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Purported superior outcomes for treatment of psychosis in low- and middle-income (LMICs) compared with high-income (HICs) countries have not been examined in the context of early intervention services (EIS).
To compare 2-year clinical outcomes in first-episode psychosis (FEP) treated in EIS in Chennai (LMIC) and Montreal (HIC) using a similar EIS treatment protocol and to identify factors associated with any outcome differences.
Patients with FEP treated in EIS in Chennai (n = 168) and Montreal (n = 165) were compared on change in level of symptoms and rate and duration of positive and negative symptom remission over a 2-year period. Repeated-measures analysis of variance, and logistic and linear regression analyses were conducted.
Four patients died in Chennai compared with none in Montreal. Family support was higher for Chennai patients (F = 14.05, d.f. = 1, P < 0.001, ƞp2 = 0.061) and increased over time at both sites (F = 7.0, d.f. = 1.915, P < 0.001, ƞp2 = 0.03). Negative symptom outcomes were significantly better in Chennai for level of symptoms (time × site interaction F = 7.36, d.f. = 1.49, P = 0.002, ƞp2 = 0.03), duration of remission (mean 16.1 v. 9.78 months, t = −7.35, d.f. = 331, P < 0.001, Cohen's d = 0.80) and the proportion of patients in remission (81.5% v. 60.3%, χ2 = 16.12, d.f. = 1, P < 0.001). The site differences in outcome remained robust after adjusting for inter-site differences in other characteristics. Early remission and family support facilitated better outcome on negative symptoms. No significant differences were observed in positive symptom outcomes.
Patients with FEP treated in EIS in LMIC contexts are likely to show better outcome on negative symptoms compared with those in HIC contexts. Early remission and family support may benefit patients across both contexts.
This chapter discusses the results of the World Mental Health (WMH) surveys regarding the burden of mental disorders. The mental disorders were assessed with Composite International Diagnostic Interview (CIDI), a fully structured lay-administered interview designed to generate research diagnoses of commonly occurring mental disorders according to the definitions and criteria of both the Diagnostic and Statistical Manual of Mental Disorders (DSM-IV) and International Classification of Diseases (ICD-10) Diagnostic Criteria for Research (DCR) diagnostic systems. Generalized linear modeling (GLM) was used to assess the effects of mental disorders on continuous outcome variables with skewed distributions. The CIDI included retrospective disorder age-of-onset (AOO) reports based on a special question sequence that has been shown experimentally to improve recall accuracy. Mental disorders are important causes of productivity loss and low perceived health. They are among the most important disorders at both individual and societal levels.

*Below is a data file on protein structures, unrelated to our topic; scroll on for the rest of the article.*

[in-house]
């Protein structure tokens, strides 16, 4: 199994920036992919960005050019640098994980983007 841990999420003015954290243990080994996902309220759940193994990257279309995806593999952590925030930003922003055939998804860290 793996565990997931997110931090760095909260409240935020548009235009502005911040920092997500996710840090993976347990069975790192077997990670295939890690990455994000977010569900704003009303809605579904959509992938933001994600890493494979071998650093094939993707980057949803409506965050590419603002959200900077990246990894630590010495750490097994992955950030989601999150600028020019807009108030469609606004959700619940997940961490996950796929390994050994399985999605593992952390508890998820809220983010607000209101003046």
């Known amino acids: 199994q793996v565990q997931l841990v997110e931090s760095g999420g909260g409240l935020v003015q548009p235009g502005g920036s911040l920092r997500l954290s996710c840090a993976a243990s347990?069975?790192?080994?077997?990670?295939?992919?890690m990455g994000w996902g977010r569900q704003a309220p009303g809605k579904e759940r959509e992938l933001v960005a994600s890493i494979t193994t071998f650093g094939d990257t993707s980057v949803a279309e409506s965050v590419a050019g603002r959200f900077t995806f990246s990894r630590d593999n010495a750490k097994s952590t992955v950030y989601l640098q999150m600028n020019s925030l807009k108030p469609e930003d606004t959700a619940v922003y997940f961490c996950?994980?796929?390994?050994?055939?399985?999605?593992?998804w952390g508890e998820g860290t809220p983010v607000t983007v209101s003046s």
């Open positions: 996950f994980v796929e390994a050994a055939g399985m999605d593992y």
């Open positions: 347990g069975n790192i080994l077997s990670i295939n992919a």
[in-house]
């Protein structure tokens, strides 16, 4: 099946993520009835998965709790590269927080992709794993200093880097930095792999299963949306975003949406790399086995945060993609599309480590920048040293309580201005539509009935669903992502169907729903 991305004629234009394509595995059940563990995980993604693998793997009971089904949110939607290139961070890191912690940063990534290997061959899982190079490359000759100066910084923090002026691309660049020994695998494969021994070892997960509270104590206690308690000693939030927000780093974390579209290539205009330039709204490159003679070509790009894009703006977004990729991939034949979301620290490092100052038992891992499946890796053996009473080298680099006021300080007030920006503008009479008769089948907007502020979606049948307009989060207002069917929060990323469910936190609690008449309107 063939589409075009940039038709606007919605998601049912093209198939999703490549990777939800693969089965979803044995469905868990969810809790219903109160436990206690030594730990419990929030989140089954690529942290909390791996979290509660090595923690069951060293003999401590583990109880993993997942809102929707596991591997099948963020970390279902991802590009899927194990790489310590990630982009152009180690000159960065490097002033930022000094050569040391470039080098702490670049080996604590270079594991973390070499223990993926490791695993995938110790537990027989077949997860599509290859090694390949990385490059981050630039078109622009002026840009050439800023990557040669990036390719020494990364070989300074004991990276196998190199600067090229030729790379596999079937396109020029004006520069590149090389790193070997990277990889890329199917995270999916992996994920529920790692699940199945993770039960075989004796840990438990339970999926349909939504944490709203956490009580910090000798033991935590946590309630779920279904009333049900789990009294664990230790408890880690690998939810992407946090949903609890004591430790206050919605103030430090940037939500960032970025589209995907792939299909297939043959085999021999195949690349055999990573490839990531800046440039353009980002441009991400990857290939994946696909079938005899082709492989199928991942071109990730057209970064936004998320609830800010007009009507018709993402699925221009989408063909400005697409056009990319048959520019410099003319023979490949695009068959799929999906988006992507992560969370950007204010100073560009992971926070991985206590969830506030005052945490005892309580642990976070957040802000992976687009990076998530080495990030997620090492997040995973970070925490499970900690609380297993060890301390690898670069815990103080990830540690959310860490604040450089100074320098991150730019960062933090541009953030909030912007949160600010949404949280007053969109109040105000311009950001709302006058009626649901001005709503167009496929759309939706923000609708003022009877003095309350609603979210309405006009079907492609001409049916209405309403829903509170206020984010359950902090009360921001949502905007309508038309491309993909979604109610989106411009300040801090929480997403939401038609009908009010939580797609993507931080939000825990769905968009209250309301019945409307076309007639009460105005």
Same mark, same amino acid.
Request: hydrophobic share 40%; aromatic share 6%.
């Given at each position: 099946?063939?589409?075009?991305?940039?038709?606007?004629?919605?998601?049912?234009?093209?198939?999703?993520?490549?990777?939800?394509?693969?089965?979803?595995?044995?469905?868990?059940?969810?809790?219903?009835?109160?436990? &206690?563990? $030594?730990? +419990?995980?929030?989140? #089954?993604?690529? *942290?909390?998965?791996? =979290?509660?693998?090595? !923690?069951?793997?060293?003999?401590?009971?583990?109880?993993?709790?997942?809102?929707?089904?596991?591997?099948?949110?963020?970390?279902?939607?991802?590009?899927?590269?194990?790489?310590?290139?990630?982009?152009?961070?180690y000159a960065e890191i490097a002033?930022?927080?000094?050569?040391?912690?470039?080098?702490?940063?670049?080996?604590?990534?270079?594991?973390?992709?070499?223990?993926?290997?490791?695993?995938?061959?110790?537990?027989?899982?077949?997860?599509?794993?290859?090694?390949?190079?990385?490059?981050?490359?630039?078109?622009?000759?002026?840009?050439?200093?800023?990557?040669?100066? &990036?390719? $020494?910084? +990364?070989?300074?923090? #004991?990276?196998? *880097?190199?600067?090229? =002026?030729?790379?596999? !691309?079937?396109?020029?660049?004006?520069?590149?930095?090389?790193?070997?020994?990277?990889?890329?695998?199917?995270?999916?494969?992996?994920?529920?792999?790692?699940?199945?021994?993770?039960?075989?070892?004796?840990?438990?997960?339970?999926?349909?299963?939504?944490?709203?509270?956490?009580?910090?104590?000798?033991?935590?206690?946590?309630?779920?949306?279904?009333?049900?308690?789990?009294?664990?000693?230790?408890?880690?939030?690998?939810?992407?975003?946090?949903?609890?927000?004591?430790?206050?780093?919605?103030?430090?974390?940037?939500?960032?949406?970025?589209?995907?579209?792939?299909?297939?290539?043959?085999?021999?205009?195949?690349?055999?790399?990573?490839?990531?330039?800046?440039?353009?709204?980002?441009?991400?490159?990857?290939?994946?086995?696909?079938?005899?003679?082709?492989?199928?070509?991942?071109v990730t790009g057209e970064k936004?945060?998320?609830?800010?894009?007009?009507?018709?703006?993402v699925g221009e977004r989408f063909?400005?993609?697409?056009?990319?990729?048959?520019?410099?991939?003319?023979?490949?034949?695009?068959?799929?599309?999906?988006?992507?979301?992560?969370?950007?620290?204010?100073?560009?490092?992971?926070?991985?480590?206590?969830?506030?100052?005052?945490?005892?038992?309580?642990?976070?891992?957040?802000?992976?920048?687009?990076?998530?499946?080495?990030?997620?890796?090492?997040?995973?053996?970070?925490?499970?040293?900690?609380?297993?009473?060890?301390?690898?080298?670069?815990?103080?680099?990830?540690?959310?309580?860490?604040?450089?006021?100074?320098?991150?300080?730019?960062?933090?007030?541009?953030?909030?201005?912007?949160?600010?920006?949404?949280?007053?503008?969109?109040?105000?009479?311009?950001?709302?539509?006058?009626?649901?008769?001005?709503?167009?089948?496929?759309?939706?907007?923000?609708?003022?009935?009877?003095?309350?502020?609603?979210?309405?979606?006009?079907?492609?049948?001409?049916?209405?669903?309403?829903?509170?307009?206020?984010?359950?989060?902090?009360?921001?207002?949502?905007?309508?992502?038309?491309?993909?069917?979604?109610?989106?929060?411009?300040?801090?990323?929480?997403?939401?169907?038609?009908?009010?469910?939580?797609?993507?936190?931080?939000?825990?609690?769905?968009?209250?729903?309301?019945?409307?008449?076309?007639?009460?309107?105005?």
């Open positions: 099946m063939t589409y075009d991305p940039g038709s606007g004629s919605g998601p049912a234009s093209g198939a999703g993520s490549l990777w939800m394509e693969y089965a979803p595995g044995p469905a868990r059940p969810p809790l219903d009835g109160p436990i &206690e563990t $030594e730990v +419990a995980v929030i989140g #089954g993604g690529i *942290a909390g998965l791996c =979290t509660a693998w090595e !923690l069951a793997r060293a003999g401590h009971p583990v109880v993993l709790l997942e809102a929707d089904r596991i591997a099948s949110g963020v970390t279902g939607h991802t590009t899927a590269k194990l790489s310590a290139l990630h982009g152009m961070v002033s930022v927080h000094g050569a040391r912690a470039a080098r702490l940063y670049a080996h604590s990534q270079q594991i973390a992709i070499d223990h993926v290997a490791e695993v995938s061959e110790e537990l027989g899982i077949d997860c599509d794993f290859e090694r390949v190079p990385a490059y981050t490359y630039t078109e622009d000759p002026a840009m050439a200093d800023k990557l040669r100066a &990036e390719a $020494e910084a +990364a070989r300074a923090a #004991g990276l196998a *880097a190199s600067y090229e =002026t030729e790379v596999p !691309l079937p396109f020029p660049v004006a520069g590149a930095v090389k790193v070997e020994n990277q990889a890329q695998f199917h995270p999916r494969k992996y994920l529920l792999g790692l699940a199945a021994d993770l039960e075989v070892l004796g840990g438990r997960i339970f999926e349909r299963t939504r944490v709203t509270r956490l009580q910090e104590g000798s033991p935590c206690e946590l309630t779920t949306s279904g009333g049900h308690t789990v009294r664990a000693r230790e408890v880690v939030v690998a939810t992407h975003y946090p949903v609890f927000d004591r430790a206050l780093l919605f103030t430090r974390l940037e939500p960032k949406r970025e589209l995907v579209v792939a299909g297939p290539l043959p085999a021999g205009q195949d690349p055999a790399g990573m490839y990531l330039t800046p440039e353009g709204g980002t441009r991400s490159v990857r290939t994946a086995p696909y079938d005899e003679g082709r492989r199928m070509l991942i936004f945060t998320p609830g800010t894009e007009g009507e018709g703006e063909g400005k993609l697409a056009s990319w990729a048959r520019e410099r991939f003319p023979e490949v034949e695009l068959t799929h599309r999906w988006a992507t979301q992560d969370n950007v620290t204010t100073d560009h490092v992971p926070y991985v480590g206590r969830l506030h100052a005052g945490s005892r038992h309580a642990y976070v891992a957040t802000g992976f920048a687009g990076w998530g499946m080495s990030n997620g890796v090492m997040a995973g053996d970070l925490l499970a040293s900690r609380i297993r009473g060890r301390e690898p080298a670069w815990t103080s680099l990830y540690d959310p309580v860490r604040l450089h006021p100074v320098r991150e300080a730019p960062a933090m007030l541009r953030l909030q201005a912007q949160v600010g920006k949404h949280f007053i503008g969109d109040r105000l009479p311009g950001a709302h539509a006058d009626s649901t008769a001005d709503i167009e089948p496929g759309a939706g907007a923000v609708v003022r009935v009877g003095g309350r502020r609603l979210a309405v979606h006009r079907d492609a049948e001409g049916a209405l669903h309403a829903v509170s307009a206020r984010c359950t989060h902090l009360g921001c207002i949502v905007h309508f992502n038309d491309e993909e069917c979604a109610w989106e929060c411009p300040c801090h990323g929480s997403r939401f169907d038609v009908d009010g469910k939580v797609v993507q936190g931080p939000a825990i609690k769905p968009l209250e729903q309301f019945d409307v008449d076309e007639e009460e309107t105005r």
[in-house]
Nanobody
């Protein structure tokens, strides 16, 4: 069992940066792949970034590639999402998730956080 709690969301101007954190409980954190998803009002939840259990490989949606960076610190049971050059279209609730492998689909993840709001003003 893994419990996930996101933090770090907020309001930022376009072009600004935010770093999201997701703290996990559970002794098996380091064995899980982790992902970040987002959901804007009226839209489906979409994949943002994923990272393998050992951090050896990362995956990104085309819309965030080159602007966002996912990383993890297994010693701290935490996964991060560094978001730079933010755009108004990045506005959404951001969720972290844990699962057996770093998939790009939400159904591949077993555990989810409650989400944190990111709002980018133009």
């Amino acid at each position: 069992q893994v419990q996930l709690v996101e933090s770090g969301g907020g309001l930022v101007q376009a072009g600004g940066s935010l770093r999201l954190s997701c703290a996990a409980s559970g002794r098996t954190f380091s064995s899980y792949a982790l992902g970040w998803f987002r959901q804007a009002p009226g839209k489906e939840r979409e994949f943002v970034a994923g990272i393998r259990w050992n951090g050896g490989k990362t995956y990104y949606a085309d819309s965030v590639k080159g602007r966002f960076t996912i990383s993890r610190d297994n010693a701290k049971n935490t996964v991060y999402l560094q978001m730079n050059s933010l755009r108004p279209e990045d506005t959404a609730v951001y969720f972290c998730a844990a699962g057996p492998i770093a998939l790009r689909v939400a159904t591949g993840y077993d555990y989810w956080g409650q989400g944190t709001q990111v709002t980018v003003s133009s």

Ellen Corin, Psychologist and Professor of Anthropology and Psychiatry, McGill University; Researcher, Psychosocial Research Division, Douglas Hospital Research Centre,
Rangaswami Thara, Director, Schizophrenia Research Foundation,
Ramachandran Padmavati, Clinical Psychiatrist and the Deputy Director, Schizophrenia Research Foundation, Madras (now Chennai), India
I was frightened without my knowledge … confusion only increased and I couldn't control it … the fear, only this fear, not anxiety, only some kind of fear …
The experience of psychosis is permeated by fear and confusion, radiating through the perceived world of suffering persons, infiltrating relationships with themselves and others. These feelings give to ordinary things an aura of strangeness and, to use Tellenbach's (1983) words, transform the “atmospheric quality” of the world. In the narratives of psychotic people, expressions of distress entwine and interlace to form the texture of a shifting world of agony. These aspects of the psychotic person's world cannot be neglected when considering the role of culture in psychosis; from such a frame emerge the questions and responses posed in this chapter.
An investigation of psychotic experience forces us to confront difficult ethical questions: How do we speak about others' suffering without redoubling the lived violence by an interpretive violence anchored in the position of the “well-informed” researcher? How do we find a language that may constitute or preserve the frightening dimension of that experience without succumbing to its fascination or objectifying it? Can we ever be justified in soliciting narratives and asking questions of people who are so deeply immersed in a world of suffering? The first two questions raise epistemological and methodological issues that will be explored in this chapter.
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